May. 23, 2014

Chart of the Week: Is food too cheap for our own good?

Americans spend less on food than they ever have, and are fatter than they’ve ever been. Could there be a connection?

May. 22, 2014

Fancy degree? Most Americans say it’s not required to be president

Recent presidents and presidential candidates have tended to have elite college educations — a fact that doesn’t appear to bother many Americans.

May. 21, 2014

In honor of Fact Tank’s 1st birthday, a data quiz just for you

May. 19, 2014

32 years ago, experts foresaw much of today’s digital world

In 1982, researchers studying the impact of nascent electronic-information services predicted much of what has since become commonplace.

May. 16, 2014

Chart of the Week: Who really drinks the most?

The countries with the highest per-capita alcohol consumption don’t, as a rule, have the heaviest drinkers. Those tend to be in countries where alcohol is forbidden or strongly discouraged.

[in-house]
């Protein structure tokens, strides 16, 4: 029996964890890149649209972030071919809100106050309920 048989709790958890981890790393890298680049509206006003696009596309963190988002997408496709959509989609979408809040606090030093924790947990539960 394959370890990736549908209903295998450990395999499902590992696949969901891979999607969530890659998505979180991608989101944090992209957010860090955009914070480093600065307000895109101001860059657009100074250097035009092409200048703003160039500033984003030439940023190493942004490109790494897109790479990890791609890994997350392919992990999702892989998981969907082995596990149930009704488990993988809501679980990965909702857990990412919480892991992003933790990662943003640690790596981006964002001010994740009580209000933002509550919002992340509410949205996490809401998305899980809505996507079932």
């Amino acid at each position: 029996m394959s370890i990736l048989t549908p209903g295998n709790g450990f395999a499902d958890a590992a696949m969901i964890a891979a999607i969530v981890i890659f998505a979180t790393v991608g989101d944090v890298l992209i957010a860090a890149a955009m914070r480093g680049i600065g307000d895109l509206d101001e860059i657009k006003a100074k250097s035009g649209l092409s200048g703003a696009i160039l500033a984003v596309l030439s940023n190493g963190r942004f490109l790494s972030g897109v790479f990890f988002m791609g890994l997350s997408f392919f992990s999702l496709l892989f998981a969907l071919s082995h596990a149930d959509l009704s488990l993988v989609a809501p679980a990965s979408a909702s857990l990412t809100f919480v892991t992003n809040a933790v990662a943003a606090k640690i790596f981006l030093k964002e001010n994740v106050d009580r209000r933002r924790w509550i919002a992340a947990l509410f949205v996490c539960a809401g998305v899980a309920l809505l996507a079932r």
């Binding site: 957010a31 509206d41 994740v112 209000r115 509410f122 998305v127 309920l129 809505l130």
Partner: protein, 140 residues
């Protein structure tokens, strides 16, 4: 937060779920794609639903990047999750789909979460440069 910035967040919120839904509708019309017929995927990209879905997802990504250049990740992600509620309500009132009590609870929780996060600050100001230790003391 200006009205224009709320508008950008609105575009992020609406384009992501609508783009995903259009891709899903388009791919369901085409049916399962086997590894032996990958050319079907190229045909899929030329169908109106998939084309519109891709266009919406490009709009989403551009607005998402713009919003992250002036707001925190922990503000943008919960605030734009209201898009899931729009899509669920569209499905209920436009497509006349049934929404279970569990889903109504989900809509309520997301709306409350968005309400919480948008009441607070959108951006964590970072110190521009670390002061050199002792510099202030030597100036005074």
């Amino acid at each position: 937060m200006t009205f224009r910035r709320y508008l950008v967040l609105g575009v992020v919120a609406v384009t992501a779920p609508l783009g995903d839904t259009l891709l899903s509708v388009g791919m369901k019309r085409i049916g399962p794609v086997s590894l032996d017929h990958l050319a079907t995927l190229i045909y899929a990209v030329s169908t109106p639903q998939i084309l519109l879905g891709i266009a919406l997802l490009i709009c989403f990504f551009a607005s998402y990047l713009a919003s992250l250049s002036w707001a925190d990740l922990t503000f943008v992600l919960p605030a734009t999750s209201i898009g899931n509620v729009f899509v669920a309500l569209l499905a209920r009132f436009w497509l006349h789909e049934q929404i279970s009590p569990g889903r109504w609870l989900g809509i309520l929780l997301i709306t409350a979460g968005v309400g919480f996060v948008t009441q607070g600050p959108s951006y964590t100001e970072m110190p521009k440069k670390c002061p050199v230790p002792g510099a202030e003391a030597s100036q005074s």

May. 15, 2014

By many measures, more borrowers struggling with student-loan payments

More people are having trouble keeping up with their student-loan payments than in years past, several studies show.

May. 14, 2014

More than a decade later, 9/11 attacks continue to resonate with Americans

As the National September 11 Memorial Museum prepares to open, a look at how Americans view the 2001 attacks and their legacy for the country.

May. 9, 2014

Chart of the Week: Climate change is already here

Average temperatures have risen over the past century in nearly every part of the U.S. outside the Deep South.

May. 6, 2014

Americans still sour on the economy despite falling unemployment

Americans’ assessment of the economy appears to be at odds with official unemployment statistics. But looking more deeply at job openings, hires and quits can help explain the disconnect.

May. 2, 2014

Chart of the Week: How America’s poor can still be rich in stuff

While most manufactured goods are considerably cheaper than they were three decades ago, many key services are much more expensive — contributing to the paradox of greater material abundance among even poor Americans.